U.S. Government Driving Pecan Growers and Pecan Buyers Nuts

Pecan harvestingThose who contend that the Federal government has no business managing the nation’s healthcare system because it can’t even manage its way out of a paper bag got fresh ammunition this past week.

The Wall Street Journal published an article chronicling how incorrect government data has wreaked havoc in the pecan industry. Evidently, the government vastly overstated the amount of pecan exports to Asian countries and other destinations in 2010 and 2011.

The relatively small size of the U.S. pecan industry (just shy of $700 million production) means that there isn’t a futures market for the crop. Instead, pecan buyers look at trade statistics to determine whether demand will be strong or weak – and lock in purchase contracts accordingly.

When U.S. trade stats purported to show heavy overseas shipments – and with the Chinese market ramping up purchases for the Lunar New Year celebrations – pecan buyers locked in their purchases early. And pecan growers in the Eastern U.S., where the crop is harvested first, did well with supplying the product at these lucrative prices.

But when the “phantom demand” from overseas failed to materialize, pecan prices tumbled. Growers in the Midwest and West found themselves facing pecan prices nearly half the levels of just a few weeks earlier.

The culprit? The Federal government, which published the completely bogus trade figures based on “a computer malfunction” at the Census Bureau’s foreign trade division.

“There were internal processing errors,” division chief Nick Orsini reported.

When and how did the government find this out? Not until one of the industry’s buying firms questioned the figures and reported its concerns to the agency.

The foreign trade division’s “internal processing errors” have since been fixed. But in its wake is a trail of debris that reaches into every corner of the pecan industry.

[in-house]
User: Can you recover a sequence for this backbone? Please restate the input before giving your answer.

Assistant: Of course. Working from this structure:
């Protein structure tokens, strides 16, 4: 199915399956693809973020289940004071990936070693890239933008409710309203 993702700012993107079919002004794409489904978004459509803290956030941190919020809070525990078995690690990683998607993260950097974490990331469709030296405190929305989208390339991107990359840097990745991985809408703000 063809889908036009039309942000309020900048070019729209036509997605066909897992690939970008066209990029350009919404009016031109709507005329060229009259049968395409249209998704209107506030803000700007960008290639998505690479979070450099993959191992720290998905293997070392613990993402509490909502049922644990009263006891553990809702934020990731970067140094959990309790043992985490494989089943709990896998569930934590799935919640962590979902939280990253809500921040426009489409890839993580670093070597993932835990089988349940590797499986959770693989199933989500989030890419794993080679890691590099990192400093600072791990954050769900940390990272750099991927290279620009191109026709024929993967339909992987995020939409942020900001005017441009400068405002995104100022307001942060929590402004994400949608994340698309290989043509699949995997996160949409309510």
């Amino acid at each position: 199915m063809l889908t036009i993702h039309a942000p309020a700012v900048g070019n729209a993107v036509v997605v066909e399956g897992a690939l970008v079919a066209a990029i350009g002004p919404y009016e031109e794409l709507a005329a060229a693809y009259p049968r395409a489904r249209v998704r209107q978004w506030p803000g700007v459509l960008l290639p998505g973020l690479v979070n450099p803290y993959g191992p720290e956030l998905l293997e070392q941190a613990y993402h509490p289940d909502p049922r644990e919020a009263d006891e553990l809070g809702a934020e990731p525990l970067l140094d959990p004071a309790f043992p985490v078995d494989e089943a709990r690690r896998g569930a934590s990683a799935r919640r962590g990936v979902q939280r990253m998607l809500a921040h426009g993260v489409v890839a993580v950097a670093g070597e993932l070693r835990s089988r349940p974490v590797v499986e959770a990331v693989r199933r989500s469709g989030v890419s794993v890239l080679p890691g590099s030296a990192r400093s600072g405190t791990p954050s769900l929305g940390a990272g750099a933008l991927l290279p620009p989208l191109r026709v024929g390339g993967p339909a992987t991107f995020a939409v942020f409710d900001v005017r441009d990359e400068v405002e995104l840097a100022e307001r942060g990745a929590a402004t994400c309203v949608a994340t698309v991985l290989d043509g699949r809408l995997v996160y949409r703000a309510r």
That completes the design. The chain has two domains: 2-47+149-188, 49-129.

Some buyers are miffed because they were led to lock in purchases when the market was at its peak, wasting hundreds of thousand of dollars on high-priced buying.

Midwestern and Western growers who harvest later in the season found themselves having to sell their crop at a deep loss, the market having crashed. So they’re not happy campers, either.

One thing’s for certain: Everyone in the pecan industry now knows what it’s like to be burned. And because it’s the government … there’s nothing anyone can do about it.

Oh sure, the National Pecan Shellers Association sent an official letter to Federal officials outlining its concens with the faulty data … but that promises to have as much impact as a pecan tree falling in the forest.

And from the Federal officials’ point of view, what’s the big whoop, anyway? What sort of political clout to these people have?

After all, it’s just a ~$680 million industry.

About on par with Solyndra.

Clean energy initiatives banging up against cold harsh reality.

Inoperable Tesla Roadster being towed on a flatbed.Let’s face it: This hasn’t been a very good year for environmental and clean energy initiatives. First it was the Solyndra debacle — a saga that appears to be never-ending.

Next were the reports of “global warmists” getting caught fabricating documents in an attempt to deflect attention away from the steadily mounting data that’s making global warming no longer the “consensus view” in the scientific community.

And now we have a damning report about Tesla Motors’ vaunted Roadster electric vehicles, the darling of the clean car crowd.